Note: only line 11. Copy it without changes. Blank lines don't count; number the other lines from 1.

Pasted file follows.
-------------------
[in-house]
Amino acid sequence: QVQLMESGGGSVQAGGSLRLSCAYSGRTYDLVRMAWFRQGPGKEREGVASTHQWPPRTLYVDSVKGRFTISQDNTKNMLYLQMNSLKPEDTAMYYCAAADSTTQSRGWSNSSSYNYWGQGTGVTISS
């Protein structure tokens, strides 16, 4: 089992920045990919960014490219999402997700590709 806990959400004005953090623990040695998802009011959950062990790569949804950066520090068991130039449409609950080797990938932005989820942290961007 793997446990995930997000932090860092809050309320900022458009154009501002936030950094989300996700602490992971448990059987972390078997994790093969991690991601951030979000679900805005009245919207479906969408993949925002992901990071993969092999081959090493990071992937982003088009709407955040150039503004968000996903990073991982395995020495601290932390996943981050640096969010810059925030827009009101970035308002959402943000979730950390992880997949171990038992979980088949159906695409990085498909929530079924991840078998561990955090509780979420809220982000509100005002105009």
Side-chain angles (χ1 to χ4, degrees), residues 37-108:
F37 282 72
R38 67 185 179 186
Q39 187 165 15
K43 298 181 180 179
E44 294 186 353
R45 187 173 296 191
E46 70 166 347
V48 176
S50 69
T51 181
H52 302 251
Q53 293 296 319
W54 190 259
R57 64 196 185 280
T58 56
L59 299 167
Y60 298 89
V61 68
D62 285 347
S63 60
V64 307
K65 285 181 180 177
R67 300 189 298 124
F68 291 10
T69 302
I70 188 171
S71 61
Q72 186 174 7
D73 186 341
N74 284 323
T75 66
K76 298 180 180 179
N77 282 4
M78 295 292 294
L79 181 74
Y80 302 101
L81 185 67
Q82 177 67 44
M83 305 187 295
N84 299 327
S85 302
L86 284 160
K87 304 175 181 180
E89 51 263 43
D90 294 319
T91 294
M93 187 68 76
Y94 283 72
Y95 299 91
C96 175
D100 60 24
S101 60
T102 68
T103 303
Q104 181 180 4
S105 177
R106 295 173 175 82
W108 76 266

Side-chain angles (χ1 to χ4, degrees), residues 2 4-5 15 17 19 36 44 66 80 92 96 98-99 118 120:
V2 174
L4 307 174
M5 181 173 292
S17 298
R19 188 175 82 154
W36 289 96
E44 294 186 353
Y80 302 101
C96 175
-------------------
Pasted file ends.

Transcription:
E46 70 166 347